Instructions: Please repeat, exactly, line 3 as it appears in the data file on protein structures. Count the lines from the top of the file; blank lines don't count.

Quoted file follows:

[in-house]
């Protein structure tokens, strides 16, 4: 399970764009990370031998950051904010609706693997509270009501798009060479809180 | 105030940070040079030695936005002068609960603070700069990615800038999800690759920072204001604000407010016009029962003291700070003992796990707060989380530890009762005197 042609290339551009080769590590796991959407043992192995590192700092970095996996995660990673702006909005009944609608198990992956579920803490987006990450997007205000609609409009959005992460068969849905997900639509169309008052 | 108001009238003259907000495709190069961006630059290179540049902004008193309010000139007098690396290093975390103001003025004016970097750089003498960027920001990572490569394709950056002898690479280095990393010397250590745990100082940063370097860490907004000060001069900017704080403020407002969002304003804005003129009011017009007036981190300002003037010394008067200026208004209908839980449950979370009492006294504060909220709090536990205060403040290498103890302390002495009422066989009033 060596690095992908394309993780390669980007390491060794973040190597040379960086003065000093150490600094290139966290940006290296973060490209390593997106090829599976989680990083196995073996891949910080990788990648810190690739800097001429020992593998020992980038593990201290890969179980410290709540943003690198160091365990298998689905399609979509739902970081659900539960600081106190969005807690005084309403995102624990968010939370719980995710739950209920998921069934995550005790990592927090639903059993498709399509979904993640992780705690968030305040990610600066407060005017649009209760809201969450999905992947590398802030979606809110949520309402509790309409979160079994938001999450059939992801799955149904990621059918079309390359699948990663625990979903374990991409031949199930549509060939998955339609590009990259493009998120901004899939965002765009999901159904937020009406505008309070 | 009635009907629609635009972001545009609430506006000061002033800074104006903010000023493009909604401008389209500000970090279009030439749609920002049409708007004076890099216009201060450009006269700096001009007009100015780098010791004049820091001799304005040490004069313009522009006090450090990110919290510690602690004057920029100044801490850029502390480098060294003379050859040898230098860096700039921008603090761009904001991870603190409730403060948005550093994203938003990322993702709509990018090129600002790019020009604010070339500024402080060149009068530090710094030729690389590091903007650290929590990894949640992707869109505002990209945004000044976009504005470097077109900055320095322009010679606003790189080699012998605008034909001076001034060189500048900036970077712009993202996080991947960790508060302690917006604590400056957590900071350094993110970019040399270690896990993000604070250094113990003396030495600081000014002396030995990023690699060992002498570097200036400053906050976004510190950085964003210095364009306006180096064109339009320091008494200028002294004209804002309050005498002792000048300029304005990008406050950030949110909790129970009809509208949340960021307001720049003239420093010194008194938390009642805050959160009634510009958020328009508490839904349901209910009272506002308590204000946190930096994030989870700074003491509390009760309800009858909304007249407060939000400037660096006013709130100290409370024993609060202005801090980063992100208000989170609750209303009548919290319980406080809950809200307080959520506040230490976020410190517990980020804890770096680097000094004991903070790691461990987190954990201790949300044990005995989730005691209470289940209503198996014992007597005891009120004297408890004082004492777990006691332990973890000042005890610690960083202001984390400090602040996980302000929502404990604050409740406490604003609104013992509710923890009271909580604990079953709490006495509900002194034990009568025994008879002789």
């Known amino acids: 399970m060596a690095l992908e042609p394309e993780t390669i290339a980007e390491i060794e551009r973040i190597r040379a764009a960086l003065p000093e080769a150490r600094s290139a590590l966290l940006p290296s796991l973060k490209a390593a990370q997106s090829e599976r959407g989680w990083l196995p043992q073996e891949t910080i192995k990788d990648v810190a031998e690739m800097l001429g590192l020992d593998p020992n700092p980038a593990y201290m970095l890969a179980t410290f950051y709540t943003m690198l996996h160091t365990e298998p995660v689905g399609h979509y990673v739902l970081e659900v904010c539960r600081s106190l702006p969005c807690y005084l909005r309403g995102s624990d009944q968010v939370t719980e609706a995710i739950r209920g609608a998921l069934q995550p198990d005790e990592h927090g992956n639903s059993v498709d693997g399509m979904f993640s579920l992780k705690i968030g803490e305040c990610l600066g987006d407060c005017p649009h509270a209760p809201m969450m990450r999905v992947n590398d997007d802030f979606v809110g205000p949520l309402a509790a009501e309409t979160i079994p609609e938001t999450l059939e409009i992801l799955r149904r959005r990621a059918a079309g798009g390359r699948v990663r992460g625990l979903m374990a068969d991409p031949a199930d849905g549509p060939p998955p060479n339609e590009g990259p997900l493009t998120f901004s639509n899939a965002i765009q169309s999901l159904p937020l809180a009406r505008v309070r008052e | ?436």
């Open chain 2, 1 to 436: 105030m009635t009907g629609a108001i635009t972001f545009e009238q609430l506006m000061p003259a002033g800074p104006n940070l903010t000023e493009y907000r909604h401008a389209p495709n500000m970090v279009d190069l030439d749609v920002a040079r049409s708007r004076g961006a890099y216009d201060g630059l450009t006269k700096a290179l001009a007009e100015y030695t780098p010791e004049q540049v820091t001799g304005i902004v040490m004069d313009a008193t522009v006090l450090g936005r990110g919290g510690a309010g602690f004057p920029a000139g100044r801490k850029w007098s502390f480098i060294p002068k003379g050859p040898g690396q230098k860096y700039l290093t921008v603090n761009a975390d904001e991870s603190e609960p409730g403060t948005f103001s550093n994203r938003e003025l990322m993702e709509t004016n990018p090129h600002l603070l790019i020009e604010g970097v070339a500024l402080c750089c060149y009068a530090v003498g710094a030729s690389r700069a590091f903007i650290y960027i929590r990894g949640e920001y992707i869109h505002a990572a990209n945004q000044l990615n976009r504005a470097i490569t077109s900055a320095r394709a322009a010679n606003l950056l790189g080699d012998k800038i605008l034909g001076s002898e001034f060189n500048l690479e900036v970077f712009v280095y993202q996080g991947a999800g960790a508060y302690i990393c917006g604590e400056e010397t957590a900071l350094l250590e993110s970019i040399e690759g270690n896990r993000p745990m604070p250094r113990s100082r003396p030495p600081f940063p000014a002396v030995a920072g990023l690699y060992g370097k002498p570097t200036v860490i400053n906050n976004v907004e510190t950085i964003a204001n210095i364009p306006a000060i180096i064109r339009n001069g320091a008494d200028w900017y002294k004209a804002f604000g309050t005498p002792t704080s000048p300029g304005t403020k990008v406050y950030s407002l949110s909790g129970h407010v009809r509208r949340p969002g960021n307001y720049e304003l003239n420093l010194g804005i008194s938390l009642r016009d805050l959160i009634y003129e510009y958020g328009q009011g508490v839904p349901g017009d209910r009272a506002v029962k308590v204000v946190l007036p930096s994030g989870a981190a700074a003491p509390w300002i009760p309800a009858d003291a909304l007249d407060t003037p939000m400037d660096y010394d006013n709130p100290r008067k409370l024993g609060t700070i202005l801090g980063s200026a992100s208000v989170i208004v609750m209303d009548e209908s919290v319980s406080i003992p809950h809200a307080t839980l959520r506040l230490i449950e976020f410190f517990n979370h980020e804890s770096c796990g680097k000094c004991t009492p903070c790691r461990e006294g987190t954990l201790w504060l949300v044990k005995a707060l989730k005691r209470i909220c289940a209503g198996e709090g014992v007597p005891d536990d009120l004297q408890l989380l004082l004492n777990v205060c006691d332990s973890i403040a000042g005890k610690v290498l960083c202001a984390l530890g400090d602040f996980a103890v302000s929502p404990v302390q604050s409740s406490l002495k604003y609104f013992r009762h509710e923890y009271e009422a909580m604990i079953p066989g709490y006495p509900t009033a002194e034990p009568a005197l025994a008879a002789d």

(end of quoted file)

């Known amino acids: 399970m060596a690095l992908e042609p394309e993780t390669i290339a980007e390491i060794e551009r973040i190597r040379a764009a960086l003065p000093e080769a150490r600094s290139a590590l966290l940006p290296s796991l973060k490209a390593a990370q997106s090829e599976r959407g989680w990083l196995p043992q073996e891949t910080i192995k990788d990648v810190a031998e690739m800097l001429g590192l020992d593998p020992n700092p980038a593990y201290m970095l890969a179980t410290f950051y709540t943003m690198l996996h160091t365990e298998p995660v689905g399609h979509y990673v739902l970081e659900v904010c539960r600081s106190l702006p969005c807690y005084l909005r309403g995102s624990d009944q968010v939370t719980e609706a995710i739950r209920g609608a998921l069934q995550p198990d005790e990592h927090g992956n639903s059993v498709d693997g399509m979904f993640s579920l992780k705690i968030g803490e305040c990610l600066g987006d407060c005017p649009h509270a209760p809201m969450m990450r999905v992947n590398d997007d802030f979606v809110g205000p949520l309402a509790a009501e309409t979160i079994p609609e938001t999450l059939e409009i992801l799955r149904r959005r990621a059918a079309g798009g390359r699948v990663r992460g625990l979903m374990a068969d991409p031949a199930d849905g549509p060939p998955p060479n339609e590009g990259p997900l493009t998120f901004s639509n899939a965002i765009q169309s999901l159904p937020l809180a009406r505008v309070r008052e | ?436």